I’ve had three books published. “Ignore Everybody” is my best one.
The first draft was published as a PDF back in 2004 under the title, “How To Be Creative” by ChangeThis.org, a division of 1800CEOREAD.
I hope you will check it out, thanks.
“IGNORE EVERYBODY”, NINE YEARS LATER
Nine years ago this summer my first book, “Ignore Everybody” came out. Here are some thoughts to mark the occasion:
1. The book had a long genesis. It began in 2004 as a series of blog posts, then later that year as a PDF e-book on ChangeThis.org, that ended up being downloaded over 6 million times. By the time I got the book deal with Penguin Portfolio, it was already “Internet famous”.
2. The title was often misunderstood. When I said, “Ignore Everybody”, I didn’t mean, “Pay no attention to what other people say, ever”, or “What other people think about your work is irrelevant”. I meant it more in the sense that, nobody can tell you whether your idea is any good or not, so stop behaving like they can. Whatever it is you’re doing, do it for yourself, and let the chips fall where they may. Don’t worry what the chattering classes might think.
3. It was really Seth Godin who got me the publishing deal, via a recommendation to Penguin from him. To say I feel a debt of gratitude to him is an understatement.
4. Book royalties generally don’t make a lot of money, but they do open a lot of doors- speaking gigs, workshops, TV deals, merchandising opportunities etc. Plus there’s the status. If the book sells enough copies, then suddenly you become a “Name”. And people like giving their business to Names, much more than than they like giving their business to “Nobodies”. This is why so many people try to get published, try so hard to game the bestseller lists. Because when it works, it works very, very well.
5. With an official Wall Street Journal bestseller in the “creativity” part of the self-help section, I could’ve easily gone off and become a creativity self-help guru, a-la Julia Cameron. Though not a bad gig (my dear friend, Austin Kleon, who started a few years after me, has done some great work in this department), I got the feeling that had I pursued it, I would’ve run out of new things to say really quickly, and started repeating myself inside a couple of months. This would’ve made a lousy business model, so I avoided that path. That may or may not have been a wise move.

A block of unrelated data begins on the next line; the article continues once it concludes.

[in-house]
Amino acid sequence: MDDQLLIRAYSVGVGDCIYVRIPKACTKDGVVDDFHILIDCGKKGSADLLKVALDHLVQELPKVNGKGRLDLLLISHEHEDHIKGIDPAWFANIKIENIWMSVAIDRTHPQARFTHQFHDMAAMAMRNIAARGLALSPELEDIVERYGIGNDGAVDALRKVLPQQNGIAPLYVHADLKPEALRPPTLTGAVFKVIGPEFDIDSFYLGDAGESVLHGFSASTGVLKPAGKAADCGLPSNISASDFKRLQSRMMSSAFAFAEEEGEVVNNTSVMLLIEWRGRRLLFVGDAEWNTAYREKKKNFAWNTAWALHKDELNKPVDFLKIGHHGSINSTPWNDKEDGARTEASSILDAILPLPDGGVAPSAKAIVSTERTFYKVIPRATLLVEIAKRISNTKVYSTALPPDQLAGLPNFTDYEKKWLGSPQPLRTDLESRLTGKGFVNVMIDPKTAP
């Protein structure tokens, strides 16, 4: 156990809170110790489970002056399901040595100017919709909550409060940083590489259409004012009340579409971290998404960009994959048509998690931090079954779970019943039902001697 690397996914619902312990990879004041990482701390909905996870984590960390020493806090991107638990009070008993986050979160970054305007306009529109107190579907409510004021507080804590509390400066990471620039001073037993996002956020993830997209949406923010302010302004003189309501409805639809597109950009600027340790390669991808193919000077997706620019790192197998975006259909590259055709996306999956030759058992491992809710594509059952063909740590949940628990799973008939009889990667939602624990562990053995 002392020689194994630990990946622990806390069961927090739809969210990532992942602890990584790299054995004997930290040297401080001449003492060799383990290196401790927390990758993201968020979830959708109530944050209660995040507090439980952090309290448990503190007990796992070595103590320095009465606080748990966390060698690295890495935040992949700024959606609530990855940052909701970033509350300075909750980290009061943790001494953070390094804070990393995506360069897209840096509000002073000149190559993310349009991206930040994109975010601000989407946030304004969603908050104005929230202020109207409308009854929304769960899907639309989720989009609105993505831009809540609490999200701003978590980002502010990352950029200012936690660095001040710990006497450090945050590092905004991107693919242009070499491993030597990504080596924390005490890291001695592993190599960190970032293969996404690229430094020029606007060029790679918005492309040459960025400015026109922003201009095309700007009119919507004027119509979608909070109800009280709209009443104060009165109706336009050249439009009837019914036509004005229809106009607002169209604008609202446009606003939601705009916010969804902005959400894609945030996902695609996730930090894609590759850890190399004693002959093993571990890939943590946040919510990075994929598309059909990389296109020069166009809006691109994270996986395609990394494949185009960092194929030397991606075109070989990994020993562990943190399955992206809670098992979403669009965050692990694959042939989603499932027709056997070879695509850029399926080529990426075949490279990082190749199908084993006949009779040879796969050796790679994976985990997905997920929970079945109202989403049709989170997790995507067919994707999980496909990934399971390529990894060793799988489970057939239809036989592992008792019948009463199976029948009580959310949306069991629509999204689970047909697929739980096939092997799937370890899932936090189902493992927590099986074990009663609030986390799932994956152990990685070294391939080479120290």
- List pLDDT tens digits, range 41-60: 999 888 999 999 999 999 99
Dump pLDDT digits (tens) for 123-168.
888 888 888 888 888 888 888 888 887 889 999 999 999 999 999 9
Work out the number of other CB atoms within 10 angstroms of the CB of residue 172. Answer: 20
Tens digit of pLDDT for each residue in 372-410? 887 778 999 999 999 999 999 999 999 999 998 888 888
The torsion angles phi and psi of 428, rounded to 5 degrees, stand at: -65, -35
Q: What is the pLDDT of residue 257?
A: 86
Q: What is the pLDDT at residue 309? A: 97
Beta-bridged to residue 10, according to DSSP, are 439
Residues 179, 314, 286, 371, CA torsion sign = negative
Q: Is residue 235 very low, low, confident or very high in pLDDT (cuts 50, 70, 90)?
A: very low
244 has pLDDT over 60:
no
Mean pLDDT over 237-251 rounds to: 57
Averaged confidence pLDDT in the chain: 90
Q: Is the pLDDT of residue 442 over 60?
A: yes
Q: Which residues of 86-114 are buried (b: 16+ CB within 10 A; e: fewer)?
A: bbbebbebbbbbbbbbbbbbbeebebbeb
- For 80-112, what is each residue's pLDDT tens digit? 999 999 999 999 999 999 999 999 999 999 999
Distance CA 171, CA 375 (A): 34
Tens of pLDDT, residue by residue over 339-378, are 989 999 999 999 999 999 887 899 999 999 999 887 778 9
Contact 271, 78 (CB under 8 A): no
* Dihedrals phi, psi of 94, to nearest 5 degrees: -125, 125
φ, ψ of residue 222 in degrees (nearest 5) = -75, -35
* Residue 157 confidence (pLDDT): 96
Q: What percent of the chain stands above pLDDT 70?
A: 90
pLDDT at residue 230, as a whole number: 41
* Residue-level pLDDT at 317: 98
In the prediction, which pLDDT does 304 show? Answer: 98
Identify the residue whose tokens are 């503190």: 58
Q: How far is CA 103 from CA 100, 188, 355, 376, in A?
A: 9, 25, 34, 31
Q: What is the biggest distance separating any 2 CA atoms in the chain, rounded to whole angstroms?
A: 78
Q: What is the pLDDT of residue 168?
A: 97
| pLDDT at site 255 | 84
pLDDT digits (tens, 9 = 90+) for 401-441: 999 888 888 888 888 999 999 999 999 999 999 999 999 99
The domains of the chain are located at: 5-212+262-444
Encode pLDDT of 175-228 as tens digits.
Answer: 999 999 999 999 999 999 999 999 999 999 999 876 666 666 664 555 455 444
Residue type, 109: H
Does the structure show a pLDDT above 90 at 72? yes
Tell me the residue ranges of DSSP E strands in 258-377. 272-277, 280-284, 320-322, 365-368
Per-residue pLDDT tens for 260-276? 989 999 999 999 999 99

6. At least on paper, I am far more successful an author than I ever was a cartoonist. That was never the idea. Like the old Hebrew proverb says, “Man makes plans, God laughs”. This man has since taught himself to laugh occasionally, too.
7. The thing about “creativity” is (like Tim Burton once told me over dinner, many years ago) that if you’ve got it, it never goes away. So there’s no point in trying to suppress it, that’ll just make you even more miserable. But that’s no excuse for not being smart about it, either.
8. Your creative schtick may never go away, but you’re always going to be in constant negotiations with it. How much are you willing to compromise? What are you willing to sacrifice? What is the true cost, and are you willing and able to pay it? These questions never lose their sting.
9. The bad news is, “creativity” is as hard to monetize as it’s ever been, at least in its pure form. The good news is, we seem to be living in an era where “The Real World” seems to need the help of creative folk more than it ever has. So there’s lots of great opportunities out there for anyone willing to look for them.
10. I’ve had a long life and have had many wonderful adventures in the ol’ career department. But pound for pound, in terms of time and energy spent, “Ignore Everybody” has by far had the most impact. I guess that’s not a bad result, it’s certainly something very much worth feeling grateful for. Thanks to Everybody long the way who helped make it happen. You guys are the best. Cheers.
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